This is the discussion for 77 year old female: Unresponsive, if you have not read the case report we recommend you start there!
First, a hat tip to our readers who were unafraid to tackle this challenging scenario. Second, we were very impressed to see a number of readers correctly identify this challenging rhythm!
When we left off our crew was attending to an altered 77 year old female they picked up at a local skilled nursing facility. The patient's presentation seemed fairly routine for an Altered Mental Status rule-out.
However, once she was placed on the monitor her status became less clear:
Given the fast rate and possibility for SVT, atrial fibrillation, or even ventricular tachycardia the crew needed more information.
When faced with an uncertain rhythm strip it is best to acquire more leads, and a 12-Lead is a wonderful way to do so:
So what are we looking at?
- Many readers pointed out the irregularly irregular tachycardia present in just about every lead.
- Some readers pointed out the regular rhythm present in lead III.
- Other readers noted the 3-Lead and 12-Lead were full of artifact.
- Some readers gave up with cries of, "Treat the Patient! Not the Monitor!"
Ok, I can read the comments; tell me what it is!
The answer is easiest to see in the initial rhythm strip. A closer inspection reveals that when you try to line up Leads II and III, they do not even march out!
If we were to display a tracing of the pulse oximetry waveform, it would likely be more evident that only Lead III is providing a useful display.
So why did our patient's pulses not match with her cardiac rhythm?
And why did our patient have an irregular tachycardic rhythm in every lead but Lead III?
Both prehospital and hospital providers who routinely acquire electrocardiograms are familiar with artifact obscuring rhythm and 12-Lead interpretation. Common causes of artifact on the ECG include power line intereference, patient movement, and baseline wander. Lesser known causes of artifact on the ECG include cable failure, neurostimulators, lead placement over arterial pulse points, and electrode manipulation.
Cardiac monitors are designed with electrical filters which screen out intereference which is of a frequency that exists outside the range of physiologic parameters. Unfortunately, if the frequency of an artifact occurs at a near-physiologic rate it will be up to the provider interpreting the ECG to mentally "screen out" the interference.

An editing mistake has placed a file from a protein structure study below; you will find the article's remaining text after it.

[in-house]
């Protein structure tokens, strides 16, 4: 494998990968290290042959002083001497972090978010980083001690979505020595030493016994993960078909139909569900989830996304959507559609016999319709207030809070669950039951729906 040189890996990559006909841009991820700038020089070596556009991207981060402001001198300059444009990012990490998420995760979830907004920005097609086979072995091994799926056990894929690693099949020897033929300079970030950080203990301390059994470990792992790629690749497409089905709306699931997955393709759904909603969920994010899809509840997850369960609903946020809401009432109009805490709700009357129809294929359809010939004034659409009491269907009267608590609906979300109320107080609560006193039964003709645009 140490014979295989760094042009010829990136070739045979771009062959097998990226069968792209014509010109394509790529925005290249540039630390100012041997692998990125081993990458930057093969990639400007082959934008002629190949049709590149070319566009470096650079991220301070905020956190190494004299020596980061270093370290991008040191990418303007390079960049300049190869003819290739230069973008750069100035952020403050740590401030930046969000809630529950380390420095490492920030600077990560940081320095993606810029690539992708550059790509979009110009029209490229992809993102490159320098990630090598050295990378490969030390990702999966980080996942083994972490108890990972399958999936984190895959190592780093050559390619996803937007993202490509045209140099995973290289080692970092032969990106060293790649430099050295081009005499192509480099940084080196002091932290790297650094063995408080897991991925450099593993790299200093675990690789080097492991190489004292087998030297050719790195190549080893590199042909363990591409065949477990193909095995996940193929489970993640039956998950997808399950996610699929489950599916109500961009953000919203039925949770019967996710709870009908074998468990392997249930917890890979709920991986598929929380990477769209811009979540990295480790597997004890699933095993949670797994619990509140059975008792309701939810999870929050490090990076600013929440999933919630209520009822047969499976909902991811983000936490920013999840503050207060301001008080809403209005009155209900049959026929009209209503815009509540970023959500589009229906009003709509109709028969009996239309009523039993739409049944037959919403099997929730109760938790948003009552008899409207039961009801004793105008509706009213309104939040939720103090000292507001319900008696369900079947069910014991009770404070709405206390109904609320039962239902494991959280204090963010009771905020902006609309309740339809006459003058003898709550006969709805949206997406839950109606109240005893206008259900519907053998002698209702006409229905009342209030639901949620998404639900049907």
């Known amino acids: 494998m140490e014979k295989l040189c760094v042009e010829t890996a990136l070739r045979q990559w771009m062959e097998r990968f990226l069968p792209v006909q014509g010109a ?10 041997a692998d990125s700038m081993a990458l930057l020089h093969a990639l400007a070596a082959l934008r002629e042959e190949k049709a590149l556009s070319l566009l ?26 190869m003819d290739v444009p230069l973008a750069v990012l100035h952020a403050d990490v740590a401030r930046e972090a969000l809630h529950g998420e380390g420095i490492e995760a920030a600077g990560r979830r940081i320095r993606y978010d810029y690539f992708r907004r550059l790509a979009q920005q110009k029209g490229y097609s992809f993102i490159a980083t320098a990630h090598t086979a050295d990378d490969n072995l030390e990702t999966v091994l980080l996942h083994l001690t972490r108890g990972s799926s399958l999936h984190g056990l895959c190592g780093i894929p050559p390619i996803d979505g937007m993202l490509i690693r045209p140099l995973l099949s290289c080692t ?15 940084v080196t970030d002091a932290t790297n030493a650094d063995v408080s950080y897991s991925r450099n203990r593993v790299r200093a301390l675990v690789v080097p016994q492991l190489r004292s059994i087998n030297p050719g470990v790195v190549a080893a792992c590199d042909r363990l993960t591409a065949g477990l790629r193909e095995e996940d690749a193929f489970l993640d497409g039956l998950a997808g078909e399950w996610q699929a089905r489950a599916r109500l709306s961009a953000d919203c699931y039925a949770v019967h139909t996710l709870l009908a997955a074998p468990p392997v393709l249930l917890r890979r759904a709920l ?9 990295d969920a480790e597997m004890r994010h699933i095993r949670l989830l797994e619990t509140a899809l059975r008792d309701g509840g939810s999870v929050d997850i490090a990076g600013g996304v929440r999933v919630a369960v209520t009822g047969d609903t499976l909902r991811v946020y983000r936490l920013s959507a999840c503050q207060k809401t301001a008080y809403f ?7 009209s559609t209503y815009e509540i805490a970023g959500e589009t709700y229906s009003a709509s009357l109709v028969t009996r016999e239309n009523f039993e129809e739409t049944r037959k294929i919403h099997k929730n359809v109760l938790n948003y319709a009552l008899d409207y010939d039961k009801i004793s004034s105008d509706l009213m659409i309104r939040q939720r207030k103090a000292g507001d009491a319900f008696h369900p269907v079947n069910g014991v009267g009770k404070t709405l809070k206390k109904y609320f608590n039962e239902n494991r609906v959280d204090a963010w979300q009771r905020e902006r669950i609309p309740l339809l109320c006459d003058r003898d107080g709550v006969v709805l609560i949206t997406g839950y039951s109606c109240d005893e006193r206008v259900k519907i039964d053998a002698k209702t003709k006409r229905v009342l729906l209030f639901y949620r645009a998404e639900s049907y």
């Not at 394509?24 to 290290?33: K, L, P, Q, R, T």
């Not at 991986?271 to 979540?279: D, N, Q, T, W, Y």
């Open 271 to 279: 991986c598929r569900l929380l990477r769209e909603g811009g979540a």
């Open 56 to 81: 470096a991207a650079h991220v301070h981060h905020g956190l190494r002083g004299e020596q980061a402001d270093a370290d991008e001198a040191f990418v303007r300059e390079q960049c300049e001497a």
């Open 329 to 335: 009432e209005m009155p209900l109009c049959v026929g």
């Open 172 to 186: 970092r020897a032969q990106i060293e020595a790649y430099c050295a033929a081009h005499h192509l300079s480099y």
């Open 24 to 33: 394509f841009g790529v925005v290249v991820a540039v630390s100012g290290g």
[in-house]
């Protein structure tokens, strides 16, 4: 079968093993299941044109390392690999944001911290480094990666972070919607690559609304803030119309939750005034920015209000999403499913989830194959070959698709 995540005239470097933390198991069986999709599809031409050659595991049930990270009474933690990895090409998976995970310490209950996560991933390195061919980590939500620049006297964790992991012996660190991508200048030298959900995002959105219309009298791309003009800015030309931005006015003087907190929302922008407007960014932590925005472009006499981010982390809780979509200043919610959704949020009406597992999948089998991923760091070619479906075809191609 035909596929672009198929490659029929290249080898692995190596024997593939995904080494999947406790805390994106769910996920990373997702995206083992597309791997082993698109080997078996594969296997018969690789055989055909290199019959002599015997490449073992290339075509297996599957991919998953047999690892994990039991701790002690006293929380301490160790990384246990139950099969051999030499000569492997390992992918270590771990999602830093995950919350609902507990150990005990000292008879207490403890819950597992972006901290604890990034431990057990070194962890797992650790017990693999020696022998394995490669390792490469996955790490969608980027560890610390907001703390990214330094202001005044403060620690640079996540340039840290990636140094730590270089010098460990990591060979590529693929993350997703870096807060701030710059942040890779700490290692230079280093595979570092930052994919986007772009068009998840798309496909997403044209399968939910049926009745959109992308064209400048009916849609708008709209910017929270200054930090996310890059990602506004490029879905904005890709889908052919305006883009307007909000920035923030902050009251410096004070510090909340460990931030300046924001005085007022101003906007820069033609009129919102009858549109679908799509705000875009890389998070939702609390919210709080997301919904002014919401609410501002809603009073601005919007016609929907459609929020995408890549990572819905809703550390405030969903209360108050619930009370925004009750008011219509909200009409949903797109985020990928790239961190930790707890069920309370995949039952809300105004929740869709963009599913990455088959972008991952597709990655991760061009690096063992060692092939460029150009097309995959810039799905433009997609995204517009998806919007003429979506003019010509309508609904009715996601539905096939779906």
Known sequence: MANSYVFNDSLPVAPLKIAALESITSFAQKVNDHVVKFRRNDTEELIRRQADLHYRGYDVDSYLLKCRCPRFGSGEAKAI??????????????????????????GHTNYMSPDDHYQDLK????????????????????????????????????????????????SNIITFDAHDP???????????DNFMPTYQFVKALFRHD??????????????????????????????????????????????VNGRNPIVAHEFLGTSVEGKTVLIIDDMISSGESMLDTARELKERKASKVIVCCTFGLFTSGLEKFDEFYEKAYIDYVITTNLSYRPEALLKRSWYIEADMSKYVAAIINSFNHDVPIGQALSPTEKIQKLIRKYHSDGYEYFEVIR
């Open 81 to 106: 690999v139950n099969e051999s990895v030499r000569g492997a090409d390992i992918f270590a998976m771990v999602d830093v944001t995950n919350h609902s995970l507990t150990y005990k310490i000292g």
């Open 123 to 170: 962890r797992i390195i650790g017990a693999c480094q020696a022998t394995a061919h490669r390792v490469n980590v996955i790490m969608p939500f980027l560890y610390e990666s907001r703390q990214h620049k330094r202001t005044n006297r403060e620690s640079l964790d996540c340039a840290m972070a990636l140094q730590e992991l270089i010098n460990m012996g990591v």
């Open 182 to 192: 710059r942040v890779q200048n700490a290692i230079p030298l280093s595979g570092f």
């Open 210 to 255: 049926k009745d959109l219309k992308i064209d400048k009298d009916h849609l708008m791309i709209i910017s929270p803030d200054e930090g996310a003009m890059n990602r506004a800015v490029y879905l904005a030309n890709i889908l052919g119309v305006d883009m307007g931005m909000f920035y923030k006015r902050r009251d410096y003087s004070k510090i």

In this case our patient has advanced Parkinson's disease, which is a degenerative neurological disorder affecting the central nervous system. The most visible symptom of this disease is the motor dysfunction and the characteristic tremors it produces in the periphery. As with any patient motion, it can cause artifact on the surface ECG.
If we take a closer look at Leads II and III we can see that the Parkinsonian Tremors present produced artifact at a rate of 250-300 and looked surprisingly like Atrial Fibrillation with WPW!
There have been multiple case reports of Parkinsonian Tremors mimicing ventricular tachycardia, ventricular fibrillation, atrial flutter, and supraventricular tachycardia. In one case, a comatose ventilated patient inappropriately received defibrillation for what appeared to be ventricular tachycardia!
When evaluating a patient with tremors it is best to place the leads in the Mason-Likar configuration, i.e. the limb leads are placed on the chest and abdomen. However, sometimes even that will not help and a switch to an anterior-posterior configuration (roughly approximating the pads position, or V4-RA and V8-LL) may be your only option to record a semi-clean tracing.
Remember, as prehospital providers it is important that we be able to explain our findings on the ECG because it may have a large impact on the patient's inhospital care.
Our crew was perplexed as to the discrepancy between the patient's pulse rate and that the rhythms in Leads II and III seemed, "out of sync". They contacted medical control for guidance and were advised to transport to the closest facility and to withold rate control while the patient's blood pressure was adequate.
Narcan was administered due to a persistently low SpO2 and pinpoint pupils. The remainder of the transport was unremarkable and the patient's vital signs remained relatively unchanged. A palpable pulse of 70 was weakly present at the radials while a monitored heart rate of 250-280 was given.
Upon arrival at the receiving facility the patient was noted to have converted to a normal sinus rhythm, with an RBBB and ocasional PVC's. However, during the course of her ED stay she had another "bout of tachycardia" on the monitor and was sent to the floor for observation. It is the opinion of this author that the patient's recurrent tachycardia was merely artifact, likely similar to that seen in her prehospital ECG's.
We hope you enjoyed this case as much as we did!